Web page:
Legal and Compliance

If I upload data to DNAnexus, will DNAnexus share the data with other people?

DNAnexus is committed to protecting the confidentiality of your data and the privacy of your tissue donors. If you upload data to your account, the only people who have access to the data will be you and those with whom you share it. For further information, please see the DNAnexus Privacy Policy.

Can I use the apps that DNAnexus makes available to users? What are my rights?

DNAnexus has made apps available for use by its registered users. When you run an app, you agree to the terms of the End User License Agreement provided by the developer of the app. In the case of apps that DNAnexus itself has made available, the End User License Agreement will typically be an open source license agreement, as required by the original developer of the app.

I have licensed an application from a software vendor that I want to run in my DNAnexus account. Do I have the right to do that?

Your right to use an application licensed from a software vendor in your DNAnexus account will depend on the terms of your agreement with the vendor. In most cases an internal use license will allow you to choose to use the software either on a computer at your own facility or in the cloud.

How secure is my data when I upload it to DNAnexus?

We have put in measures to ensure the highest level of data security for both research and clinical use. These measures include high-end physical data center security; reliable, replicated data storage; all data encrypted at rest and in transfer; and enterprise and user controlled permissions for data, analysis tool, and workflow sharing. For compliance support, we enable data logging and auditability for 6 years, versioned and reproducible analysis tools and results, and compliance with HIPAA, CLIA, GCP, 21 CFR Parts 11, 58, and 493, and European Data Privacy laws and regulations. For more details, please refer to the compliance white papers posted at the Resources Page.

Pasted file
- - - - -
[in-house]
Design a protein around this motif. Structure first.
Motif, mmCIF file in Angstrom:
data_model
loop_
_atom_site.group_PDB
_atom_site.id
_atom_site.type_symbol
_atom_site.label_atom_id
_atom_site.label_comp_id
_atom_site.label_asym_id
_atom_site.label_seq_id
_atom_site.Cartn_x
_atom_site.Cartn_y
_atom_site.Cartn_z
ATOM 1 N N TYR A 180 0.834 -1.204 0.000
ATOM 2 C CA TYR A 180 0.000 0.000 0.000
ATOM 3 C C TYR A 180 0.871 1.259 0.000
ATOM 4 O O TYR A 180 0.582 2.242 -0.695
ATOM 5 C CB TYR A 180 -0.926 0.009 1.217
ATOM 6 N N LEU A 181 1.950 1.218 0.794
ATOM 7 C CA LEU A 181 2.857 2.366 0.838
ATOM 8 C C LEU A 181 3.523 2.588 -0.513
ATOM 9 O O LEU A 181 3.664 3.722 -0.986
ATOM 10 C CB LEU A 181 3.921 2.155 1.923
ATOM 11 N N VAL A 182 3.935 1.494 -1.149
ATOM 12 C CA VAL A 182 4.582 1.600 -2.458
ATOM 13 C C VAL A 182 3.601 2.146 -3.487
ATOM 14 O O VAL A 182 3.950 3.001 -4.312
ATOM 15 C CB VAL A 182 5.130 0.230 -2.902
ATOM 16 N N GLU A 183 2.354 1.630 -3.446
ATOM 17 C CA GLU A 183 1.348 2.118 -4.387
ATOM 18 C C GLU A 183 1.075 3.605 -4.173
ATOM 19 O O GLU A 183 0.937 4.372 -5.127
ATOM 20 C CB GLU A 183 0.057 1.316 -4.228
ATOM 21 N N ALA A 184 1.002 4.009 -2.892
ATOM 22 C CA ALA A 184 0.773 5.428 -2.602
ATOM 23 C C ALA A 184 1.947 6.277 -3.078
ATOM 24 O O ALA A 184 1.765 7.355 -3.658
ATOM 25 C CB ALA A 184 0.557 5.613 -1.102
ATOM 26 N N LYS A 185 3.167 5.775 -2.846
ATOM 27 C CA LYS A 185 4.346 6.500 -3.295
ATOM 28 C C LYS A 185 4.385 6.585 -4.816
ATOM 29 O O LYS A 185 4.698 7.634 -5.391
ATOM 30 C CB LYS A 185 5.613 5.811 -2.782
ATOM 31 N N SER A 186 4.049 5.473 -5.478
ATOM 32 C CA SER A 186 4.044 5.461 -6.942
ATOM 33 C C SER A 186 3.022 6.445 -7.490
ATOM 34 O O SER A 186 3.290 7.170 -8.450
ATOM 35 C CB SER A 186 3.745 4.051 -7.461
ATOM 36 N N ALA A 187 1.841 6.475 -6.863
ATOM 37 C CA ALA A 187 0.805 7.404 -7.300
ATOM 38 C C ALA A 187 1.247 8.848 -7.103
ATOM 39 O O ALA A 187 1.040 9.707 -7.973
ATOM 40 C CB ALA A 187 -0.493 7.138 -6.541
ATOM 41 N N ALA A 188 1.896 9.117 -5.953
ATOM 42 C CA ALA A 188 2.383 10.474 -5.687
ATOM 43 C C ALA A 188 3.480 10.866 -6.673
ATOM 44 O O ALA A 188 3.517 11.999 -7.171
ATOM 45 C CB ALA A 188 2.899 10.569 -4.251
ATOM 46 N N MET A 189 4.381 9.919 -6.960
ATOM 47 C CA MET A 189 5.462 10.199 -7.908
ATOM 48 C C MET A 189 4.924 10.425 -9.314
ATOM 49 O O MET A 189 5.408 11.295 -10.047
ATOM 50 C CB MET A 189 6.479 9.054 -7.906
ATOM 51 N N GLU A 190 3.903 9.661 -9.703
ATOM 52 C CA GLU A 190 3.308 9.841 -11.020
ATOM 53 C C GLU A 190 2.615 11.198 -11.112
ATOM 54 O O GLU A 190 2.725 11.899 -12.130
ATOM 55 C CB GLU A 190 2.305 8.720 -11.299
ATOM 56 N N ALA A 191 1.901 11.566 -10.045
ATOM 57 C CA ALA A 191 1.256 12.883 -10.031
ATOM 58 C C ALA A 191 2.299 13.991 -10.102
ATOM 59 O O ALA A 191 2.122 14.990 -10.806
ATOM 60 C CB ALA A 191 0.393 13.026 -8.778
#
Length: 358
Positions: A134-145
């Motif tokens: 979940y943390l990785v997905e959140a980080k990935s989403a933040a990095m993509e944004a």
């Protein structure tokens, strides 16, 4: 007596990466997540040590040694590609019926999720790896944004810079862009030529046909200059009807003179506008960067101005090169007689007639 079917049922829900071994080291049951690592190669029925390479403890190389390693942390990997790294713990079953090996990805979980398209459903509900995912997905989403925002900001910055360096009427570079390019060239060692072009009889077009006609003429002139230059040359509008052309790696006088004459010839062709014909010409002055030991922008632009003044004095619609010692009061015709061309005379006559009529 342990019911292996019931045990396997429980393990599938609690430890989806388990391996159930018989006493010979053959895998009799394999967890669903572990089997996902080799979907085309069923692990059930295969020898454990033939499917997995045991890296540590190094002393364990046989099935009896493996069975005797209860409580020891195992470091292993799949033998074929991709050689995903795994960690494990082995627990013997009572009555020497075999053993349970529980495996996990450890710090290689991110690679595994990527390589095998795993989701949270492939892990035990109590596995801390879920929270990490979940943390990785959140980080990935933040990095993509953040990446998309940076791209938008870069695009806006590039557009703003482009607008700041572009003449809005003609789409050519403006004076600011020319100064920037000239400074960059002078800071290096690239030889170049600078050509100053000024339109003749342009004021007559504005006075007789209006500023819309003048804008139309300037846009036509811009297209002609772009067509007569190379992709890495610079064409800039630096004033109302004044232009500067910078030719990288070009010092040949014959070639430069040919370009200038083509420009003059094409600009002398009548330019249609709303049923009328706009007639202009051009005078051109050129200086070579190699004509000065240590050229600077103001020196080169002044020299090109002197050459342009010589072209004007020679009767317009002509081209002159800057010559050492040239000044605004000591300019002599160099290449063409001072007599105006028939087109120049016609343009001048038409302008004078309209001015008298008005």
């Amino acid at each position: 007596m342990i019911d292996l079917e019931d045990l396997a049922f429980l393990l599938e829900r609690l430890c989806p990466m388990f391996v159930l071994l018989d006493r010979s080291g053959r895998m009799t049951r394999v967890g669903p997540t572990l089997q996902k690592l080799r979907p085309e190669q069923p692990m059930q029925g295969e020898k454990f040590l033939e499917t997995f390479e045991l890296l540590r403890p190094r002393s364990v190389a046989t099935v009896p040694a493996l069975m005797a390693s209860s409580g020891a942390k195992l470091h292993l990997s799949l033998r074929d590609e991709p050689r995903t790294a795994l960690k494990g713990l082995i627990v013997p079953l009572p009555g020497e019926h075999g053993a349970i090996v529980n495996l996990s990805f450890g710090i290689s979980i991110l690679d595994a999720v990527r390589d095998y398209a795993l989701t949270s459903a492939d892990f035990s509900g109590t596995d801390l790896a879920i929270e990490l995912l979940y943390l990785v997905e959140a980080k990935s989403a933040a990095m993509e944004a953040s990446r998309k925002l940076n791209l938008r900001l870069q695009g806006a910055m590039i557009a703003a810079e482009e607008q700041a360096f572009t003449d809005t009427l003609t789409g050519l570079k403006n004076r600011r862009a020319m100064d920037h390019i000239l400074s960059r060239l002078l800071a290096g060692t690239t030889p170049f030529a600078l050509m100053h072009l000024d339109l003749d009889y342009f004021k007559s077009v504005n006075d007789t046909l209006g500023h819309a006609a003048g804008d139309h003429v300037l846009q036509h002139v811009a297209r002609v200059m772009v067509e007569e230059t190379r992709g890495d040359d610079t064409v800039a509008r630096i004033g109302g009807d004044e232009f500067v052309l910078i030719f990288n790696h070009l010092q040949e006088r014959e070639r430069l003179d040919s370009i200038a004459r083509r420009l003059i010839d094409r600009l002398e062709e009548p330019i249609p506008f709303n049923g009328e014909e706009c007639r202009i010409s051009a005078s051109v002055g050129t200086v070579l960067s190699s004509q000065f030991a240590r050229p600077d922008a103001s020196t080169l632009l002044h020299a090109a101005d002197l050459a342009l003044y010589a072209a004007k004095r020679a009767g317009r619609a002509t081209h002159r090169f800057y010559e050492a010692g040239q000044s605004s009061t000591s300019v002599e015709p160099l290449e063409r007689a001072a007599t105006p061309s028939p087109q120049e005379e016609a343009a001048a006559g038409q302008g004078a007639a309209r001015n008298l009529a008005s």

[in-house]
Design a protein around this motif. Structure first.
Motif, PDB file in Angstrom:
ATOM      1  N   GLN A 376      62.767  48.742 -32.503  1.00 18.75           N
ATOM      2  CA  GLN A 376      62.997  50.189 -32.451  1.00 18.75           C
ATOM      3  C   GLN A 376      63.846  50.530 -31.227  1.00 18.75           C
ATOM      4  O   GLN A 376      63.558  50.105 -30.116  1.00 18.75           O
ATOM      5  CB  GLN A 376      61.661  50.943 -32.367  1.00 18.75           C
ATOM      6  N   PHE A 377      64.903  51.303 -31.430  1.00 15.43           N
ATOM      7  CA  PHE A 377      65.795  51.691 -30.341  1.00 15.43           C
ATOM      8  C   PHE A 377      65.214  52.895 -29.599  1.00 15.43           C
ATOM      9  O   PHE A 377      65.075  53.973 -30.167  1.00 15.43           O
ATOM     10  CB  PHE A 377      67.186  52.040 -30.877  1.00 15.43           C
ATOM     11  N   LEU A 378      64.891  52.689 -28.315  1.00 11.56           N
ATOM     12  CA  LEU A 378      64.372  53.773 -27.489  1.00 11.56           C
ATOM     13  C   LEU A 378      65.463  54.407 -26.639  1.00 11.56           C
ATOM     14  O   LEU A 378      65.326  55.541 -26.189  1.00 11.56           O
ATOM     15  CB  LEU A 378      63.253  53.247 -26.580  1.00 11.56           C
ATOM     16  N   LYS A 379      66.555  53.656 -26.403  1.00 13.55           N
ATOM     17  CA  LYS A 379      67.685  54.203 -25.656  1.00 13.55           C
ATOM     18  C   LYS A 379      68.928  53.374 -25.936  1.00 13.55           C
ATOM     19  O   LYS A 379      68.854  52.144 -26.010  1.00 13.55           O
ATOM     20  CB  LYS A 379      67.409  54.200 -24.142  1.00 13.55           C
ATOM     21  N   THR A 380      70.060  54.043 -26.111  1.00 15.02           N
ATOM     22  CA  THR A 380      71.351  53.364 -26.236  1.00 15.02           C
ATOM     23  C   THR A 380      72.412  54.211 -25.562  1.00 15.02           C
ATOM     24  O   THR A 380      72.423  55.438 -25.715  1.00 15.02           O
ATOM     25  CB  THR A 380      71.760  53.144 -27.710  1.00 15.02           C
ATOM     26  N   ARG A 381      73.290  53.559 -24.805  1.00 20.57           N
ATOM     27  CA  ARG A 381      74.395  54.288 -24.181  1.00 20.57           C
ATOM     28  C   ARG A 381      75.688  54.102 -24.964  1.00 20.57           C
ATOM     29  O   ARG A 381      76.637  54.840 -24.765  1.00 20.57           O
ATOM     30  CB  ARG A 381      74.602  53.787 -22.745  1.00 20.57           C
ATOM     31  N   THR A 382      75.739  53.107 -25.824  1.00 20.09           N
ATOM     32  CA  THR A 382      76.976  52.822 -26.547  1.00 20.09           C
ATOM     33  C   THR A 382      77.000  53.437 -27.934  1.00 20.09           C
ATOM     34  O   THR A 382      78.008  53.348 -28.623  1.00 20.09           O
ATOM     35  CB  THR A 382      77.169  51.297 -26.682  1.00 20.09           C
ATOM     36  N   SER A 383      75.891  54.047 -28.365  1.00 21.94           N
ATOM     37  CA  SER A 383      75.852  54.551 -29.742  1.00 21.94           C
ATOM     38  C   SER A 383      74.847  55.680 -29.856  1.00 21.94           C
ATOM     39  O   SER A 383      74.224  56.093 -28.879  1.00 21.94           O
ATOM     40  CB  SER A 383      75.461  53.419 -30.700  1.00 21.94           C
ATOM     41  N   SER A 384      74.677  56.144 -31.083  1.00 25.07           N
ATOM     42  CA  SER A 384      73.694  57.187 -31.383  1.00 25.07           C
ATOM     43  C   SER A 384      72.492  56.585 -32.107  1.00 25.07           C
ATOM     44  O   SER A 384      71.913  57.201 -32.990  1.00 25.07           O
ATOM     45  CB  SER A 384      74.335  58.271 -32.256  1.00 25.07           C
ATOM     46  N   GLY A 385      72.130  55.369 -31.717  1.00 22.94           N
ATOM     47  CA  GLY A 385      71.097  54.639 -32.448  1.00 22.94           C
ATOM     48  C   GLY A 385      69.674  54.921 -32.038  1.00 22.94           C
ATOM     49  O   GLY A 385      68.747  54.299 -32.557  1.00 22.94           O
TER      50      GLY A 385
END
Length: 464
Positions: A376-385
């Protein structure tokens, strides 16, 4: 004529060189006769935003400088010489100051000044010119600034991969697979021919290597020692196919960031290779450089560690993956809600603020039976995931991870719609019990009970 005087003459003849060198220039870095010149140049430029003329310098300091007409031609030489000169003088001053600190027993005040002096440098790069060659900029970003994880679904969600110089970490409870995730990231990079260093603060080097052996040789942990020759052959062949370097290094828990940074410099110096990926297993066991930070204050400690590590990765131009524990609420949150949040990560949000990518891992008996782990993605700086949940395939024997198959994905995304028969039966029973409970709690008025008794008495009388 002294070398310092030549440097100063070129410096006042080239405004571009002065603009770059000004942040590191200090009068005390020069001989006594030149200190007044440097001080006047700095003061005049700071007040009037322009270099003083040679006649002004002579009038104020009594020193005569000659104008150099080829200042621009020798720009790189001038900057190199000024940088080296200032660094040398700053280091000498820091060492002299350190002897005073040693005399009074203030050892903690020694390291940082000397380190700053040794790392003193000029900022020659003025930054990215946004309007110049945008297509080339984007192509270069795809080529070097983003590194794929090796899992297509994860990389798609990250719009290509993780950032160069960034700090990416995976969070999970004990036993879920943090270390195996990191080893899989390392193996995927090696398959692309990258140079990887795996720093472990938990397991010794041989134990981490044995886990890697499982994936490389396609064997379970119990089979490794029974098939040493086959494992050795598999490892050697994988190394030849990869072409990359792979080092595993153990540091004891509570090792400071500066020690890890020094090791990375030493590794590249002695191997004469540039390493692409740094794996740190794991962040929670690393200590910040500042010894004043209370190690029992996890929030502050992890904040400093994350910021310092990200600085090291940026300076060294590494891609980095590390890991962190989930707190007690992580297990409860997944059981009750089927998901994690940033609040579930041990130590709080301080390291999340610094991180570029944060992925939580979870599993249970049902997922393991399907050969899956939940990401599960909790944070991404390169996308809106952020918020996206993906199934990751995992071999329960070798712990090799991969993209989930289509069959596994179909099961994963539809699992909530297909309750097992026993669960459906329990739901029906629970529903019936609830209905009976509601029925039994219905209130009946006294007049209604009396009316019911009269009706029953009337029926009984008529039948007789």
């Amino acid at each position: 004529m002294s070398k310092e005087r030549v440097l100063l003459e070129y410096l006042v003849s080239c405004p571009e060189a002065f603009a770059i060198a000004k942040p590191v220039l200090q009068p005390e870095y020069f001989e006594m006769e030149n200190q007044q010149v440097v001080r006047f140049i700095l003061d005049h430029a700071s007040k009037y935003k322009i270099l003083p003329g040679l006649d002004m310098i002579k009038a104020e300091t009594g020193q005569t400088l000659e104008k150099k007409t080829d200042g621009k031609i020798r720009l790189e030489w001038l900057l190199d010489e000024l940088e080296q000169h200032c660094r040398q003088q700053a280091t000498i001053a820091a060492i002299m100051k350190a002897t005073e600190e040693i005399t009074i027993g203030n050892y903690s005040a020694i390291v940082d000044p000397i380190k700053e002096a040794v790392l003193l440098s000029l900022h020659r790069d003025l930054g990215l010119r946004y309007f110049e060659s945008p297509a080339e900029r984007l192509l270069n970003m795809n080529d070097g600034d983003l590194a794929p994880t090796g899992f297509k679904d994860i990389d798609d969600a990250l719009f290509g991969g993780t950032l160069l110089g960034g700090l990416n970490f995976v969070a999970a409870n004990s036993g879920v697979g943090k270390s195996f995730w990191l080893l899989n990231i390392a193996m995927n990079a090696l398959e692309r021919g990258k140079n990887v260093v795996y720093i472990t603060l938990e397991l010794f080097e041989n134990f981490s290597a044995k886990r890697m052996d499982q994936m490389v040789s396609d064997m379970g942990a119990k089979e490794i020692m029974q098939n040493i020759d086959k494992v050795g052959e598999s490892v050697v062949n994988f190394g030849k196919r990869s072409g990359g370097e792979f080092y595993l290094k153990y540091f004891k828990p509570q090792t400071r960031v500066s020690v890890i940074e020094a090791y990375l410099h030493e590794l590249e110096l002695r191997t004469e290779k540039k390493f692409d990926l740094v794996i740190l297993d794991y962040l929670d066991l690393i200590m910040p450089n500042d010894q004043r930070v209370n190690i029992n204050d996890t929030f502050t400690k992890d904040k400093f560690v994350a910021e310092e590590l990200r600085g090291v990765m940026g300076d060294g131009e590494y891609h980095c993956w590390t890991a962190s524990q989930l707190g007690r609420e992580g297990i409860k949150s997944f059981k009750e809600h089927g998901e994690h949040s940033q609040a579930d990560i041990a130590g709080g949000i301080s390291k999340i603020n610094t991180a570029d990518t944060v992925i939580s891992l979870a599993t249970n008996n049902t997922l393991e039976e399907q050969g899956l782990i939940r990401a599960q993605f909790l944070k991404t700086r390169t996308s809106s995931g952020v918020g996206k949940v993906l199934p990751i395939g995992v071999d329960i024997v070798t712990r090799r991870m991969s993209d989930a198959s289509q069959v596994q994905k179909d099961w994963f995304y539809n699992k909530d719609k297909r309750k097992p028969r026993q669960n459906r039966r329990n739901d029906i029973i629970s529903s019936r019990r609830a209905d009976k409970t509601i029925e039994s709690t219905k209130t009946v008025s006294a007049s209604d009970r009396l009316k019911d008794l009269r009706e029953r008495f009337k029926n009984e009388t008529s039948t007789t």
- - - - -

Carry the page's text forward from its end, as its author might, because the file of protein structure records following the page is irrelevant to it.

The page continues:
What if something happens to the data that I upload to DNAnexus?

If something happens to the data you upload to DNAnexus, please contact DNAnexus customer support.

Can I load personal health information into DNAnexus and comply with HIPAA?

We have designed and developed the DNAnexus platform so that it supports HIPAA compliance. All customer data uploaded to DNAnexus user account is encrypted while in transit and at rest, as required by the HIPAA privacy rule. We have implemented logging procedures that allow you to track access to data, as contemplated by the HIPAA security rule. Of course, HIPAA compliance also requires that you implement procedures, including security procedures and informed consents. For more information regarding HIPAA compliance, please see our Resources page.

I am based in Europe and have samples taken from European tissue donors. Can I upload my data to DNAnexus without violating European privacy laws?

DNAnexus certifies that it complies with the US/EC and US/Swiss safe harbor rules. This means that you can upload samples taken from tissue donors in the EC and Switzerland and comply with the European Commission's Directive on Data Protection of 1998 and Switzerland's Federal Act on Data Protection of 1993. For more information regarding compliance, please see our Resources page.